Archaeology of Oceania: Australia and the Pacific Islands

Archaeologists studying the culture history of the United States have it relatively easy – for the most part. Here in Missouri, for example, the culture history is fairly well mapped out from the Archaic to the Historic. Which is not to say that we know everything there is to know Missouri archaeology. The situation is somewhat different in Oceania (which includes Australia, New Guinea and Polynesia). I mention this because I recently read Archaeology of Oceania: Australia and the Pacific Islands edited by Ian Lilley. The book is number eight in the Blackwell Studies in Global Archaeology series.

Contributors to the volume include established archaeologists, recent Ph.Ds and a few indigenous archaeologists. Consequently, the book is a diverse and wideranging assessment of the state of the art in Oceania. The book is divided into three sections; Australia, The Pacific, and Politics. Each section contans both theoretical and “hands on” material. For example the first section, on Australia, begins with a contribution on changing Pleistocene settlement subsistence and demography and ends with an interesting study of Australian cave art. Specifically, the piece by Clarke and Frederick looks at representations of Macassan (from southern Sulawesi) boats and european boats in the cave art of Groote Eylandt. Another contribution, by Peter Hiscock, looks at technological change in the Holocene of Australia and realtes changes in technology to changing procurment costs and risks. Hiscock indentifies several strategies, which he calls the abundence strategy (characterized by multiple items with limited reworkability) and the extension strategy (characterized by few items with high reworkability) and he relates these to strategies back to several different classes of stone tools (backed artifacts, points and scrapers). Points and backed artifacts represent the abundence strategy while scrapers represent the extension strategy. Hiscock then applies this theoretical construct to several sequences in the Australian Holocene archaeological record.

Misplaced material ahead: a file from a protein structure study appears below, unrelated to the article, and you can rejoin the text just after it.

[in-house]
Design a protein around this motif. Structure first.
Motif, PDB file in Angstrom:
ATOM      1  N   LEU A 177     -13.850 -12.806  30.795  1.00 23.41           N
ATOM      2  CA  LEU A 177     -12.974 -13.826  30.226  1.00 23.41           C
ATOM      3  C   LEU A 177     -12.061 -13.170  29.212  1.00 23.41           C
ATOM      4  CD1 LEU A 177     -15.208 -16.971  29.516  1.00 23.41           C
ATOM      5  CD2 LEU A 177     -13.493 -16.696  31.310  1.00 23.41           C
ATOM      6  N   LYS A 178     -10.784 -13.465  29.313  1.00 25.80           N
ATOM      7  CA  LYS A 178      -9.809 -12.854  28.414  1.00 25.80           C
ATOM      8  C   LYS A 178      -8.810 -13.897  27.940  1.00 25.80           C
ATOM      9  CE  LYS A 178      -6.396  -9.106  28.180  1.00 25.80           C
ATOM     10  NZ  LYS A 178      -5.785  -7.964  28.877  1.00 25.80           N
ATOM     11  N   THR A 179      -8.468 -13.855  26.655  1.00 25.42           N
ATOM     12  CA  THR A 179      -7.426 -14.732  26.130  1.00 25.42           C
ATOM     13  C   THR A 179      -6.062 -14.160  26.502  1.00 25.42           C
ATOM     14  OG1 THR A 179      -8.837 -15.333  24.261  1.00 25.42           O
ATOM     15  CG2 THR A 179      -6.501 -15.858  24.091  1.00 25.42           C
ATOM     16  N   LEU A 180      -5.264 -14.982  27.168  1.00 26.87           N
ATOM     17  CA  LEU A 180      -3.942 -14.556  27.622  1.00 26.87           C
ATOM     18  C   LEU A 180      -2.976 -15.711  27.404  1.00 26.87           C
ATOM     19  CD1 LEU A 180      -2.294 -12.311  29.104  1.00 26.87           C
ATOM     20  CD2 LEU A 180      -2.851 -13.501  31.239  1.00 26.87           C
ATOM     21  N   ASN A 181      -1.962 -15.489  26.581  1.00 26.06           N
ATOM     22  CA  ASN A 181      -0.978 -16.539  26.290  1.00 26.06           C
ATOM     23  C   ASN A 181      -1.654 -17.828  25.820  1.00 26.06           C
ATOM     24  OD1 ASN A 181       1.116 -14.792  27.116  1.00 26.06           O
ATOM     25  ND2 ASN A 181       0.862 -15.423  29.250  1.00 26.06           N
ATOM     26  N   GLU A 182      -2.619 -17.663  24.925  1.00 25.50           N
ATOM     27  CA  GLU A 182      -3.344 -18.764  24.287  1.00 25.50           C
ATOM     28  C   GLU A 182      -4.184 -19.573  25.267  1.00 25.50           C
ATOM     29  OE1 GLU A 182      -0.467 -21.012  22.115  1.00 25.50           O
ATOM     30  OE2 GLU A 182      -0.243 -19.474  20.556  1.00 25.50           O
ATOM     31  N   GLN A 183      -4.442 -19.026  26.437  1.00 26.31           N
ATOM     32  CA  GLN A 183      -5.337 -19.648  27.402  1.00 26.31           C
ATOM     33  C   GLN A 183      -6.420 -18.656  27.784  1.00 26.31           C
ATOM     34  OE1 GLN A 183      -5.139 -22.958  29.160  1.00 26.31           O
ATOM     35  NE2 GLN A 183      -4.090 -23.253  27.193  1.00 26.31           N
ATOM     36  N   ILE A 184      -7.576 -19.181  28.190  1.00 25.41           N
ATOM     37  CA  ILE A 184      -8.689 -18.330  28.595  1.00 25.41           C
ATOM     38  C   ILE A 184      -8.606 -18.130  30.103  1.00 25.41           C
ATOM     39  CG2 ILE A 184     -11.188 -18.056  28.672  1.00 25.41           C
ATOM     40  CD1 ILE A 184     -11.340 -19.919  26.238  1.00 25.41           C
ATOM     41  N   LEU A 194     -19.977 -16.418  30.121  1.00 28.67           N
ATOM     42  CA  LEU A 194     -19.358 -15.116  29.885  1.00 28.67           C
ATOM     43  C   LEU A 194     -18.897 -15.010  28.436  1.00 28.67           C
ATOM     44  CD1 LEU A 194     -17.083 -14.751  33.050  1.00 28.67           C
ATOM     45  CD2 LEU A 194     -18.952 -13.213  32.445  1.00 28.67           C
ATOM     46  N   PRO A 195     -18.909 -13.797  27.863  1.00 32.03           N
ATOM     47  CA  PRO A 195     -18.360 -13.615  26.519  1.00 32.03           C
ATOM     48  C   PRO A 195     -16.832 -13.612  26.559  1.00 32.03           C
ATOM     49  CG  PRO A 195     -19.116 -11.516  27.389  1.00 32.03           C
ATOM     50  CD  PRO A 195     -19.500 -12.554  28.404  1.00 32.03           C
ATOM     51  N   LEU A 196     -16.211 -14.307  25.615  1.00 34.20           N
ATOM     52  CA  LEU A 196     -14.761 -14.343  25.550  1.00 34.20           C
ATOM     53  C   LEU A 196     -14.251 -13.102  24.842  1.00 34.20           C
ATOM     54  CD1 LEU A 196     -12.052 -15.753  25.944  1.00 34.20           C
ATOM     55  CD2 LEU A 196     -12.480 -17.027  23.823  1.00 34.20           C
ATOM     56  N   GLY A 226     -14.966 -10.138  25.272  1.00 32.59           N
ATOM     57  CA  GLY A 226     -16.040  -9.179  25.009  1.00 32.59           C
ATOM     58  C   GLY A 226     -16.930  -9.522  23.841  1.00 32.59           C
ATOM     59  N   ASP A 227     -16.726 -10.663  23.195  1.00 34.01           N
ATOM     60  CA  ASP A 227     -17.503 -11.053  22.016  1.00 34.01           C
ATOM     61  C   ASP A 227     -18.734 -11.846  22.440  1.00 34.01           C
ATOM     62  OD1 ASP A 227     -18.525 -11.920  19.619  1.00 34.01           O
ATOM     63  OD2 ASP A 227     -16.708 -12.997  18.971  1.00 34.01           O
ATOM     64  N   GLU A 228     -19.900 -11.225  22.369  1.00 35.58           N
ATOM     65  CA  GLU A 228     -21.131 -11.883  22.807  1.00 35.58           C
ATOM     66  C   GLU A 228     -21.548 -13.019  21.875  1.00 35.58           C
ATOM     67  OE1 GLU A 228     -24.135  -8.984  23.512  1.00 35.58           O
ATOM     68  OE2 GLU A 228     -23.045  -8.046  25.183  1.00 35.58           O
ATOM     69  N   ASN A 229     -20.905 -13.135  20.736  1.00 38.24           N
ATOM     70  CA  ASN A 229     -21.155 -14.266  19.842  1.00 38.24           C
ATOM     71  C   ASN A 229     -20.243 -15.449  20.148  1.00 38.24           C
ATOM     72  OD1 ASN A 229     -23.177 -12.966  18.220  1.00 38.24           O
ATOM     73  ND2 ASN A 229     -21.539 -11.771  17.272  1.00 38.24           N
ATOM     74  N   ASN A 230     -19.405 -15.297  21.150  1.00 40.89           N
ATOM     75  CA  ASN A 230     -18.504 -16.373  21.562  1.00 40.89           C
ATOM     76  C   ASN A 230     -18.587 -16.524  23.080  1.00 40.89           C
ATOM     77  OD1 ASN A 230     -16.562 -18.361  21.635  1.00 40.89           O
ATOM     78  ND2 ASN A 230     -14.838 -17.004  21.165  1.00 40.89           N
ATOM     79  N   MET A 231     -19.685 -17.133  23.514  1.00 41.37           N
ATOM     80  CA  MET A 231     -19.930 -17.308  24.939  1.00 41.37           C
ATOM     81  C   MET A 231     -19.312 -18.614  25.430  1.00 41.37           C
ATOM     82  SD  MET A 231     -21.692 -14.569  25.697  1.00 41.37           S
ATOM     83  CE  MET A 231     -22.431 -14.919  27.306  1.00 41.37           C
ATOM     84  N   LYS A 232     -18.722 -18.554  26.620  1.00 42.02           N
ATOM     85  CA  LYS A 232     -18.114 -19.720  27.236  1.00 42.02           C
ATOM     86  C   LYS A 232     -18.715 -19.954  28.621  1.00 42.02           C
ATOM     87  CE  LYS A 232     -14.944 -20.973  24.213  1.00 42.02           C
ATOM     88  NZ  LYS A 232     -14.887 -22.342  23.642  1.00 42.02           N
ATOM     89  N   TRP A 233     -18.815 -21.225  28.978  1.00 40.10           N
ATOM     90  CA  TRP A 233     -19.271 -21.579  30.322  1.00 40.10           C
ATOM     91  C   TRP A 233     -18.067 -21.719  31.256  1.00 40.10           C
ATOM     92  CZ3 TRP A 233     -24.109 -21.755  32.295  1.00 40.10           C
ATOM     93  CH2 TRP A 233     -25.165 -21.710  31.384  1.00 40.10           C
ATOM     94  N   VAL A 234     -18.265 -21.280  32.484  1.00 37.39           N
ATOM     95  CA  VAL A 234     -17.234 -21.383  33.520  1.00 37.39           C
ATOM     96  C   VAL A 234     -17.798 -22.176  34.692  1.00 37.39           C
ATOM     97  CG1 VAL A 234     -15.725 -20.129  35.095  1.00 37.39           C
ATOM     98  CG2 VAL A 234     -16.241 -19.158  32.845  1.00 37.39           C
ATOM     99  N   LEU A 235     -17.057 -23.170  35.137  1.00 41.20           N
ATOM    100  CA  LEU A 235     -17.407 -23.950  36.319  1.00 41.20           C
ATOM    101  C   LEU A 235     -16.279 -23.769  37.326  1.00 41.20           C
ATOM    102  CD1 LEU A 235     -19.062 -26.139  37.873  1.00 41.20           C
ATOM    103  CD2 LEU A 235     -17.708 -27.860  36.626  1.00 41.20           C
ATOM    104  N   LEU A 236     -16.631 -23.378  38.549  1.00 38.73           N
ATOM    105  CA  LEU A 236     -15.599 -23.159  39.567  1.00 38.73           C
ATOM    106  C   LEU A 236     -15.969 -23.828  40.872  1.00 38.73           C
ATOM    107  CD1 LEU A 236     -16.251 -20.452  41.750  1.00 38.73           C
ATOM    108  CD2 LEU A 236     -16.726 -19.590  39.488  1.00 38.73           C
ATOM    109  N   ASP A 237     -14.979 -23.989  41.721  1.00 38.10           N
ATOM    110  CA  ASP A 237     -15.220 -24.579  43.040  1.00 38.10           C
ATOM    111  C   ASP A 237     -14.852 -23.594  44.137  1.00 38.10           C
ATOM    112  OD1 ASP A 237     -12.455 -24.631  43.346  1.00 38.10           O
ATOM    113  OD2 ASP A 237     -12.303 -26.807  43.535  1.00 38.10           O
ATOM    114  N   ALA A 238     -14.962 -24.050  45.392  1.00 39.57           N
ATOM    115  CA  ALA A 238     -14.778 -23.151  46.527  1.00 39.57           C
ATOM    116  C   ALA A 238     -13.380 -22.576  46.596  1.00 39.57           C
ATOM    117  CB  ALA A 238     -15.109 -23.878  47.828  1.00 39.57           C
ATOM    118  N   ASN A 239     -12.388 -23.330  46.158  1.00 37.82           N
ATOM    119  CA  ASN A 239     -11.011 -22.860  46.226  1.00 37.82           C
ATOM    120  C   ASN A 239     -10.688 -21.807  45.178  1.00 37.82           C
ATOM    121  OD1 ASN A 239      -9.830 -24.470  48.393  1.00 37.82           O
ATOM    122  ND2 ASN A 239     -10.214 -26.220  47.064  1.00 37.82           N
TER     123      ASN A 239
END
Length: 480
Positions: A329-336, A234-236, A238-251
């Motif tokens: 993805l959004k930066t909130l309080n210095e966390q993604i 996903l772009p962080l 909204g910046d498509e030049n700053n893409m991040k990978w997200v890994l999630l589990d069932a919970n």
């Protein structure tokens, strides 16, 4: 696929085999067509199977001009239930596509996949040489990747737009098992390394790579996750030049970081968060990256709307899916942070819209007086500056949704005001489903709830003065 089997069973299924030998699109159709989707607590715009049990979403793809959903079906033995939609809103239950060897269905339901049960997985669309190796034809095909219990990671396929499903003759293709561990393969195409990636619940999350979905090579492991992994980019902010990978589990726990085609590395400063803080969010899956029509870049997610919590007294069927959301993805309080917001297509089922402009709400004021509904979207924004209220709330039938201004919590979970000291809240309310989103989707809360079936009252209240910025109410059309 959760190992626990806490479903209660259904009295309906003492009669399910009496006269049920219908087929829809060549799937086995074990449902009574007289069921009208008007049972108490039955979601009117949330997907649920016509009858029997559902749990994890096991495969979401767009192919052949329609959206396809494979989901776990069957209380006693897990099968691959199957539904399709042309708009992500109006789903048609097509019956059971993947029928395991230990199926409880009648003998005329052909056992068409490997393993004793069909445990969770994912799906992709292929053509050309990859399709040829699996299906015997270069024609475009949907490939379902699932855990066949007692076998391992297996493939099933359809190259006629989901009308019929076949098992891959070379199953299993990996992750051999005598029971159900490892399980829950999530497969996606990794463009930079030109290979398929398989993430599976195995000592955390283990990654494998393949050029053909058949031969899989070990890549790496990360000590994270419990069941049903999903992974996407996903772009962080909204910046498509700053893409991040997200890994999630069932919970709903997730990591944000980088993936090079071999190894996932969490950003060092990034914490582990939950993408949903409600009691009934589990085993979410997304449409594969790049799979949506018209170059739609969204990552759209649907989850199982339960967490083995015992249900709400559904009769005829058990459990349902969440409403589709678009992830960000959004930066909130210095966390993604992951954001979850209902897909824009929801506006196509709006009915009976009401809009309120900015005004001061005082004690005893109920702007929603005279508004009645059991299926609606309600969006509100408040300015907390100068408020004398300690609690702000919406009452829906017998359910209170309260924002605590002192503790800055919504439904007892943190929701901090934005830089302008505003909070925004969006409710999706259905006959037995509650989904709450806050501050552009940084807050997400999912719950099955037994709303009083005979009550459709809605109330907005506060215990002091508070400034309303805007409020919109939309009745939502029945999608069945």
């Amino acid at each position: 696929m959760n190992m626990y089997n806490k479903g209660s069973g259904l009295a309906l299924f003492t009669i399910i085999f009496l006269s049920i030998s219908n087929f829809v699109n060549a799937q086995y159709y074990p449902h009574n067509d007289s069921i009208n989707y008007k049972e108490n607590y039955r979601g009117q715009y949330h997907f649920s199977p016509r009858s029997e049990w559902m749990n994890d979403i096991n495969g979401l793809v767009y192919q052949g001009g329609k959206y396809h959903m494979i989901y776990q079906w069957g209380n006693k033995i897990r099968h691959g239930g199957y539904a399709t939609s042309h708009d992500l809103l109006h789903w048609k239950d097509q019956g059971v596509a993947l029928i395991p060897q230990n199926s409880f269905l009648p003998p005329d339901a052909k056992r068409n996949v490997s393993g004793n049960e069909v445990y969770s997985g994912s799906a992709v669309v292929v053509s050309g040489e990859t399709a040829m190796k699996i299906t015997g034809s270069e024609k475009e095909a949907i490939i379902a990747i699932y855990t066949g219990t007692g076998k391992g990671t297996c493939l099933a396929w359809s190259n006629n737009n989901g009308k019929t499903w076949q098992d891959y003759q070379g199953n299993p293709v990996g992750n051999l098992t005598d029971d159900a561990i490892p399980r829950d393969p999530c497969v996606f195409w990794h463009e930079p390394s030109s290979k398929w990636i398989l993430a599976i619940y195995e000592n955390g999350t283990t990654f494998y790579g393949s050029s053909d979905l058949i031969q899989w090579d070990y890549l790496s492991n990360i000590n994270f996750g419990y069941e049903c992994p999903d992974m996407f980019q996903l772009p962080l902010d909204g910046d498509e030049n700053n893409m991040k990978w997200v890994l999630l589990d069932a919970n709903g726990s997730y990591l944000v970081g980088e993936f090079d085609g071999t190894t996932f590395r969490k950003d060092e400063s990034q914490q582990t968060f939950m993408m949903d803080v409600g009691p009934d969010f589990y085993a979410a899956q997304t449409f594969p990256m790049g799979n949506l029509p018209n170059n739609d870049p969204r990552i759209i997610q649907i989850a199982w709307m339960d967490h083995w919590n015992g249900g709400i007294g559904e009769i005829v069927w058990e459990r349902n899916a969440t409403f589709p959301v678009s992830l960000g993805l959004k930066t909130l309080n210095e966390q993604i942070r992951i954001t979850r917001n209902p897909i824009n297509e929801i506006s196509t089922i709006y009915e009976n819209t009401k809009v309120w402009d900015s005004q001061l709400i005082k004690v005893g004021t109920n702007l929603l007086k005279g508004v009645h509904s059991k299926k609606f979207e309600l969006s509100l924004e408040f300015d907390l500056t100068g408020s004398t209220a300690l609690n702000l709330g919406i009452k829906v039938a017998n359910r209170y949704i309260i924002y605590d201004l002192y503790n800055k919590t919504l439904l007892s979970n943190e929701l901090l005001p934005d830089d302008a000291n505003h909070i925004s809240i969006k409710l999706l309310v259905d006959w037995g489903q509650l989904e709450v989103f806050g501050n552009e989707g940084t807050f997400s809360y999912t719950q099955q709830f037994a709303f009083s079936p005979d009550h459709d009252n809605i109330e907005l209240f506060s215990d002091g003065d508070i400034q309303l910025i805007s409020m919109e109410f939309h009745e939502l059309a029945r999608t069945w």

The second part, devoted to Oceania, is probably the most interesting. The dominant theme in this section is Lapita. One not familiar with the archaeology of Oceania might be forgiven for thinking that Lapita is the lense through which all discovers in the area are viewed. If I were to compare the Lapita to anything in Americanist archaeology it would be Clovis/Pre-Clovis.
One of the more interesting contributions (by Galipaud) in this section asks whether Lapita should be considered a tradition or a horizon. The answer to that question has profound implications for how one interprets the archaological record in Oceania. Equally interesting is Paul Rainbird’s contribution. Starting with the premise that there is often not a straight line between point A (the past) and point B (the present), Rainbird shows how current notions of social complexity can lead one astray in interpreting the past. This theme is echoed in Conte’s contribution on Ethnoarchaeology in Polynesia – especially his discussion of the use of ethnographic analogy.
The last section on politics is probably the most interesting. One of the main themes of this section is the tension between preserving what archaeologists consider culturally important (i.e. standing architecture, usually from the colonial period) and what indigenous peoples feel is important (which may not be tangible artifacts). Probably the most interesting articles in this section come from indigenous archaeologists. Consider the following from Mickaelle-Hinanui Cauchois:

Being a native archaeologist means having a strong responsibility as a mediator between our whole community and the scientific public. It is an honor but do not believe that it goes without andy difficulty along the way. Indeed, before the archaeologist, I am a human being. A part of that experience belongs to an area that the Western scientific approach does not care about: What scientific language will help me when it comes to explaining to my cousins the little knowledge we have about our past? And how will I respond to the elder who asks me why archaeologists make up stories about things that our tupuna (ancestors) probably did not want us to know? How can I explain to the scientific community that I respond to that elder “me neither, I don’t really believe us when we build up models with so few data and pretend to explain what happened in the past” What I say to the elder, in the privacy of his house, I can not tell my whole community. I can not tell them about the terrible frustration and dryness of the silent dialogue between stones and charcoal.

Overall, the book is an excellent snapshot of current state of the art. If the other volumes in the series are as well done as this one they would make a significant contribution to the archaeological literature. Archaeology of Oceania would be an excellent starting point for Seminar style archaeology classes and would make a great supplementary book for classes specifically dealing with the archaeology of Oceania. Some of the articles could also be used in method and theory classes or CRM classes. The book is definitely worth reading by archaeologists and interested amateurs.

One Response

  1. Great post about an area I know little about.

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